Mari, a senior policy associate at the St. Paul–based clean-energy policy nonprofit Fresh Energy, followed her interest in green construction by serving with Twin Cities Habitat for Humanity and Minnesota GreenCorps. Through her service, she uncovered a passion for addressing inequities in energy and housing justice.
How did you find your way to AmeriCorps?
In 2013, when I was a senior at Hamline, my senior seminar professor really talked up AmeriCorps, and GreenCorps in particular. I didn’t realize until I was finishing up my environmental studies degree that I wanted to do something in green construction, so GreenCorps sounded perfect.
My first assignment was with the Latino Economic Development Center in South Minneapolis, helping small business owners with energy audits and technical assistance; then that pivoted to general outreach and education for business owners.
After a year there, I worked for a remodeling company — I was able to learn really useful things like bookkeeping, understanding financials and running a small business. In 2016, when the owner closed up shop, I came back to AmeriCorps and served with Twin Cities Habitat for Humanity. When I got there, my goal was to do construction; I didn’t know anything about affordable housing!
At Habitat for Humanity, I was a construction assistant and volunteer facilitator, helping the site supervisor coordinate and manage volunteers. I met so many amazing people from corporations, churches and other groups that volunteered with Habitat. The homes we worked on were Energy Star–certified (now, Habitat is doing all Zero Energy Ready homes).
It sounds like both of your service years really helped steer you toward a career.
They did! I learned about conservation and energy resources during my first assignment, and I got hired on staff at Habitat right after serving there. From construction assistant, I was promoted to project manager, where I got to see a lot of policymaking and decisionmaking around issues of affordable housing. That made me think, “I really want to do more about getting to the root of why these issues exist.” And that’s when the Fresh Energy job landed in my lap: I saw the position posted in a newsletter, and the idea of getting at the root of inequities and changing existing laws really struck me. I’ve been here almost two years.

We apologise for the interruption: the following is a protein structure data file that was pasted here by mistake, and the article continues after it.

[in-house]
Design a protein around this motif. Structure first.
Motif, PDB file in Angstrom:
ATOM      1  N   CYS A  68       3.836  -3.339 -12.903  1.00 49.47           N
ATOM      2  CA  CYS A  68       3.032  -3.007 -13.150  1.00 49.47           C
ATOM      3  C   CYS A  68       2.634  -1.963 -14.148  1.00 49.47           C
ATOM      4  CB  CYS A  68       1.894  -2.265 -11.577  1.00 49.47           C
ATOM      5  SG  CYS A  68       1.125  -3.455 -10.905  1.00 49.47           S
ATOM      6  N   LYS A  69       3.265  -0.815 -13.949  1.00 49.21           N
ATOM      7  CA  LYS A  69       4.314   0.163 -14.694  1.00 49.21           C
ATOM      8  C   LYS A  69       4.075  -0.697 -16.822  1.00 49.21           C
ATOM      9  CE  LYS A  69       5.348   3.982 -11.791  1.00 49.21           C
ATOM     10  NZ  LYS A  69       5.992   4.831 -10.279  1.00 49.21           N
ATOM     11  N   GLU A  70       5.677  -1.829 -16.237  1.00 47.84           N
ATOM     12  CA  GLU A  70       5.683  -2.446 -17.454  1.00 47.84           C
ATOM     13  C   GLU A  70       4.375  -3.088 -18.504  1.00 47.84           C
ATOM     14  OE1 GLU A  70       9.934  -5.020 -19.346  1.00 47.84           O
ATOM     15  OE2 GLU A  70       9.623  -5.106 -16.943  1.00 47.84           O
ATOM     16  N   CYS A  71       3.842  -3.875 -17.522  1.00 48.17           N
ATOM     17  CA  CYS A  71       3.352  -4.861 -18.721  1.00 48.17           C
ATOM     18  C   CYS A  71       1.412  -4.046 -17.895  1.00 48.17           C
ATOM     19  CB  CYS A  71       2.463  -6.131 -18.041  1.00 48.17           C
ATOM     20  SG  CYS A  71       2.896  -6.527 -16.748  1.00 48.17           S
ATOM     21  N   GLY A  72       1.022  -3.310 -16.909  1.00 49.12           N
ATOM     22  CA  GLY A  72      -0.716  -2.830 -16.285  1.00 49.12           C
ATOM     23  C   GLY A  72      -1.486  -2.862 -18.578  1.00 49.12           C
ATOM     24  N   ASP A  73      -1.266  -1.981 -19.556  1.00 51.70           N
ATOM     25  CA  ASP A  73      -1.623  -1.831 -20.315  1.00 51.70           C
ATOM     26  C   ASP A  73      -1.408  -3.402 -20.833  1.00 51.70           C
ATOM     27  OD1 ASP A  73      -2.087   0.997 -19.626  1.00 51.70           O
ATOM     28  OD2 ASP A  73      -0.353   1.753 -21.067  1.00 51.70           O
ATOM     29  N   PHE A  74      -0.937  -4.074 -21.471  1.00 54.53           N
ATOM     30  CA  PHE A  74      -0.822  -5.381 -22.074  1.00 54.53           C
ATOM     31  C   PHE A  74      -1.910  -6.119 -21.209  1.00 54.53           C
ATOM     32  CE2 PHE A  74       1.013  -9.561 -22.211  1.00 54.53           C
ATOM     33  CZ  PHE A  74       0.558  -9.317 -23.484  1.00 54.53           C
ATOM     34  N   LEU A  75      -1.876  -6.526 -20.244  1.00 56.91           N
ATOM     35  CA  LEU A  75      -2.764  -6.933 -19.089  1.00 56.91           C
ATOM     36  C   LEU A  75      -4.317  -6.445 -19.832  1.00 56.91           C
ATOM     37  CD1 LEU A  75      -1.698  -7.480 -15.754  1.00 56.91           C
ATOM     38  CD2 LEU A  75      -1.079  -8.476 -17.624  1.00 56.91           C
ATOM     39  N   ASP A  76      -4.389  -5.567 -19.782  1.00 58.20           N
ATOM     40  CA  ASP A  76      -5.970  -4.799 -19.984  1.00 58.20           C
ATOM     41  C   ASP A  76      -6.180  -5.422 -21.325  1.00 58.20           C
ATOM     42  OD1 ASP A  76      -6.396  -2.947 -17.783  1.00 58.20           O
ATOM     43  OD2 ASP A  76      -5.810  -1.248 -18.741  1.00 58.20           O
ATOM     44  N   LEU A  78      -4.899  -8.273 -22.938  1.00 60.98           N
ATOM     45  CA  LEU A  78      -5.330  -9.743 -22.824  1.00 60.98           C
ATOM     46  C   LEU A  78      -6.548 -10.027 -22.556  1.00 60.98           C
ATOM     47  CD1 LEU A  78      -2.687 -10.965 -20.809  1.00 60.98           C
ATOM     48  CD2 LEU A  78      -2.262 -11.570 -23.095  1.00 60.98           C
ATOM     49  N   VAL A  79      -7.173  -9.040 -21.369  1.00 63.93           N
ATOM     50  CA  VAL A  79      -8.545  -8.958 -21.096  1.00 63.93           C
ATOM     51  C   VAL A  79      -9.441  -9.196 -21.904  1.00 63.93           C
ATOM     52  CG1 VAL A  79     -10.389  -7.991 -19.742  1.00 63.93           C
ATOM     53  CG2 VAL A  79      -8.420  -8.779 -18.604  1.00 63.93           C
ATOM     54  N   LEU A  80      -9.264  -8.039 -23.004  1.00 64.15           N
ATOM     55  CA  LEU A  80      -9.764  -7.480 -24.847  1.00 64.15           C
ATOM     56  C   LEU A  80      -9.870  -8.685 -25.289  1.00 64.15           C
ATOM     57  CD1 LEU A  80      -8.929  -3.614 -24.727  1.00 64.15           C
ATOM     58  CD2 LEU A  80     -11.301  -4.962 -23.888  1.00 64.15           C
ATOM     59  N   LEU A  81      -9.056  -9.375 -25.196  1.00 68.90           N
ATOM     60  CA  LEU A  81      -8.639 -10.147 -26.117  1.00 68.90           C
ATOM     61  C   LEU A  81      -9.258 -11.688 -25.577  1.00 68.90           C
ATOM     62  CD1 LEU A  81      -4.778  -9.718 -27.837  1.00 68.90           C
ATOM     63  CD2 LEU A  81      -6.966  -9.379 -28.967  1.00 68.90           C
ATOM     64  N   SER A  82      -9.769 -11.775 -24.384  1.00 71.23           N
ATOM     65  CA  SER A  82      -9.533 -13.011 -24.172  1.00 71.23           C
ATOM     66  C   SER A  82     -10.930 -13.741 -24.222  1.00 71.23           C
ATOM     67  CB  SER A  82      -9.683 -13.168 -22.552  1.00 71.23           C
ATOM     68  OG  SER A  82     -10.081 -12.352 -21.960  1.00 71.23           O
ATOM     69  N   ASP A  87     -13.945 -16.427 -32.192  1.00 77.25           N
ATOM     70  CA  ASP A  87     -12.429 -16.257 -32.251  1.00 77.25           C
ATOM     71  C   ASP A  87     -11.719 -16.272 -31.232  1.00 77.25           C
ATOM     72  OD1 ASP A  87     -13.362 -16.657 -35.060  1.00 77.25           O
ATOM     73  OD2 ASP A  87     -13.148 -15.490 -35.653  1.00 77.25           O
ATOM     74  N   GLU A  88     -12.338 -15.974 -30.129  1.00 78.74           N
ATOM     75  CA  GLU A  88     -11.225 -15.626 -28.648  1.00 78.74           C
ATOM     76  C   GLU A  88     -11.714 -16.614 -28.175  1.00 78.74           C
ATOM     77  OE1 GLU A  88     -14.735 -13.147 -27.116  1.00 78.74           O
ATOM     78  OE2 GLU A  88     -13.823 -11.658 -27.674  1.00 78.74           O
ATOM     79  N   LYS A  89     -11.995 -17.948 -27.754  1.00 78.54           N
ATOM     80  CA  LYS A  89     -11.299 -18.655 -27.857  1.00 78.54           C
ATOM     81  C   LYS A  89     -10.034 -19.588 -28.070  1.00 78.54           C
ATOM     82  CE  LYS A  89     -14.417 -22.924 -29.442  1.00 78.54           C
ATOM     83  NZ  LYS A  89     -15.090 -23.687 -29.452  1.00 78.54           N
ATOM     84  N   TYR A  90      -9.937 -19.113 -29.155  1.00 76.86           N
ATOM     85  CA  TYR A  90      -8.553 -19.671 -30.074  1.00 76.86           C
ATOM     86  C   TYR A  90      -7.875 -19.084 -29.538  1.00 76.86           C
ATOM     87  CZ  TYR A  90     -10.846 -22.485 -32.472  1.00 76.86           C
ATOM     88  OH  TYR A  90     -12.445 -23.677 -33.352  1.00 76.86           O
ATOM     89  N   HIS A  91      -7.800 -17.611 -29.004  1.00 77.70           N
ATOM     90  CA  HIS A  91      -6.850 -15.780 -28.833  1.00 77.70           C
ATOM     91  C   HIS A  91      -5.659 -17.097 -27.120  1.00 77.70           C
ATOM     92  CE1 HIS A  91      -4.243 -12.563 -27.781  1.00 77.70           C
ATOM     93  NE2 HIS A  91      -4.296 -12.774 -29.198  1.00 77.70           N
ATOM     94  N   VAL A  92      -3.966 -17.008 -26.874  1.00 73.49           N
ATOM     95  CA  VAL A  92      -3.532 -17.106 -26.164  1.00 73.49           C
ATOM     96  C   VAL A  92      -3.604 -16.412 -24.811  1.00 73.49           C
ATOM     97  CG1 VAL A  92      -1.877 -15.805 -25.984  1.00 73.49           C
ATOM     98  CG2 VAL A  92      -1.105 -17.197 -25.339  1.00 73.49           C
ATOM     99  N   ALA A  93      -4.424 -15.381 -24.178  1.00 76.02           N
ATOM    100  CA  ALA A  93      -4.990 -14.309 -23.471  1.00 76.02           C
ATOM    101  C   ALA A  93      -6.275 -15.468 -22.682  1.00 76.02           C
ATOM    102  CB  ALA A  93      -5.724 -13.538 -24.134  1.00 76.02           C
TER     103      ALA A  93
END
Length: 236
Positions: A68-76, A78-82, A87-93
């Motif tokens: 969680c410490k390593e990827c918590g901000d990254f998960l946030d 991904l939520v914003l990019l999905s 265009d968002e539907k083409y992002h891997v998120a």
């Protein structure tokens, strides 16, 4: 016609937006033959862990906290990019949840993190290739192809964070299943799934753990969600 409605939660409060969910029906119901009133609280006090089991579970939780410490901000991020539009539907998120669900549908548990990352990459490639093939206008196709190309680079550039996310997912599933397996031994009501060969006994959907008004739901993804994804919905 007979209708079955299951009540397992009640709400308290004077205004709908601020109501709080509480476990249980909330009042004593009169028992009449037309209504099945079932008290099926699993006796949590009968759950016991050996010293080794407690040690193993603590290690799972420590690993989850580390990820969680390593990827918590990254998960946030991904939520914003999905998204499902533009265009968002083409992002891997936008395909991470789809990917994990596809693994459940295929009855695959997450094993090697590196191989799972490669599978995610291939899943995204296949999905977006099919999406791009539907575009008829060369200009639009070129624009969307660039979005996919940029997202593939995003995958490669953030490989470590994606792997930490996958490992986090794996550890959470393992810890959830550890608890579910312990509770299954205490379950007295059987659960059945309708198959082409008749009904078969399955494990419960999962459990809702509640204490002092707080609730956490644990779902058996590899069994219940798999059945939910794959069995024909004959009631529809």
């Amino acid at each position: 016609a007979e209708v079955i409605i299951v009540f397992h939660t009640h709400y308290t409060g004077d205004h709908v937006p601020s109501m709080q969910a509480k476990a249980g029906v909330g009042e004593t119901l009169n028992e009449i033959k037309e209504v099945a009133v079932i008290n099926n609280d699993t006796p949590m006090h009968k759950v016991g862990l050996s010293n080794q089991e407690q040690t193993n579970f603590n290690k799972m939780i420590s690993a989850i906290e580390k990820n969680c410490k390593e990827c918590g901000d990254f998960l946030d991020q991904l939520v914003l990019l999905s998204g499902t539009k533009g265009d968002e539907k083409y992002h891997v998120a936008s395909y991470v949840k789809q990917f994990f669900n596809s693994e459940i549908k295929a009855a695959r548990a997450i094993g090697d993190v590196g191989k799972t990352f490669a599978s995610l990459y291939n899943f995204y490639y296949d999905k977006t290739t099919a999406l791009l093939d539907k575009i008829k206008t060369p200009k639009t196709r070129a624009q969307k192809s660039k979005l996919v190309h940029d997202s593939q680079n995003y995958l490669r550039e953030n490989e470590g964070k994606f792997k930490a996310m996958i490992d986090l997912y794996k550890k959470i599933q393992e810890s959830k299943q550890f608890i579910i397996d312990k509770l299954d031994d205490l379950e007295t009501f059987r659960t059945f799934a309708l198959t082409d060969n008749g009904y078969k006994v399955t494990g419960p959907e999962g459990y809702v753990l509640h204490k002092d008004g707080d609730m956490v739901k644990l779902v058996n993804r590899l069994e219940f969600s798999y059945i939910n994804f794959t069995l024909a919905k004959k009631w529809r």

What do you do at Fresh Energy?
We advocate for clean energy policy across Minnesota, at the state legislature and the Public Utilities Commission. We also work with other agencies like the Department of Commerce, the Pollution Control Agency and Minnesota Housing — agencies whose policies and programs intersect with energy efficiency and electrification.
I was hired to help with advocating within the state Conservation Improvement Program, which is Minnesota’s energy efficiency framework for utilities. When a colleague left, I took over his portfolio that covered the intersection of energy and housing advocacy. That has let me pivot a bit to talk holistically about strategies for improving existing programs related to energy efficiency and housing for renters, multifamily housing residents and underresourced households. The three of us on Fresh Energy’s Energy Access and Equity team are working to center equity and ensure a just transition to clean energy — lowering the energy burden, or the percentage of income people pay for utilities.
I co-lead the Energy Efficiency for All (EEFA) campaign in Minnesota (EEFA is a national coalition of 12 states). Right now, we’re working on restructuring to reflect racial equity and be more intentional. It’s important for us to support the work that frontline communities are already doing. Rather than trying to dictate from the top down, we should be going into organizations’ space to uplift their work so we minimize or eliminate harmful unintended consequences.
That seems like a pretty full plate — and you’re in law school, too?!
I am, part-time at Mitchell Hamline. I don’t know yet what I’ll focus on. I’m most interested in housing law right now. The issues with housing are just enormous, and there are so many things that disproportionately benefit property owners. Addressing equity and systemic issues is top of mind for me — advocating for people who don’t know how to navigate the system and can’t afford to pay for help.
What aspects of your service had the biggest impact on your career path?
Serving was one of the best decisions I’ve ever made. Honestly, without it, I wouldn’t be where I am today.
My GreenCorps cohort got together regularly for trainings at host sites around the state. A lot of us were fresh out of undergrad, so we didn’t have much work experience. The professional development piece was so valuable — it taught us how to operate in the work space and what it means to be a professional.
And the networking piece was huge. I met so many awesome people — before that, I didn’t realize how small the energy space is here. I’m still working with people I met in GreenCorps and at Habitat! Developing professionally is a little bit what you know, but mostly who you know. When I was applying to Fresh Energy, some of my contacts emailed people they knew here to recommend me. If it weren’t for the connections I made during both years of my service, getting here would have been a lot harder.
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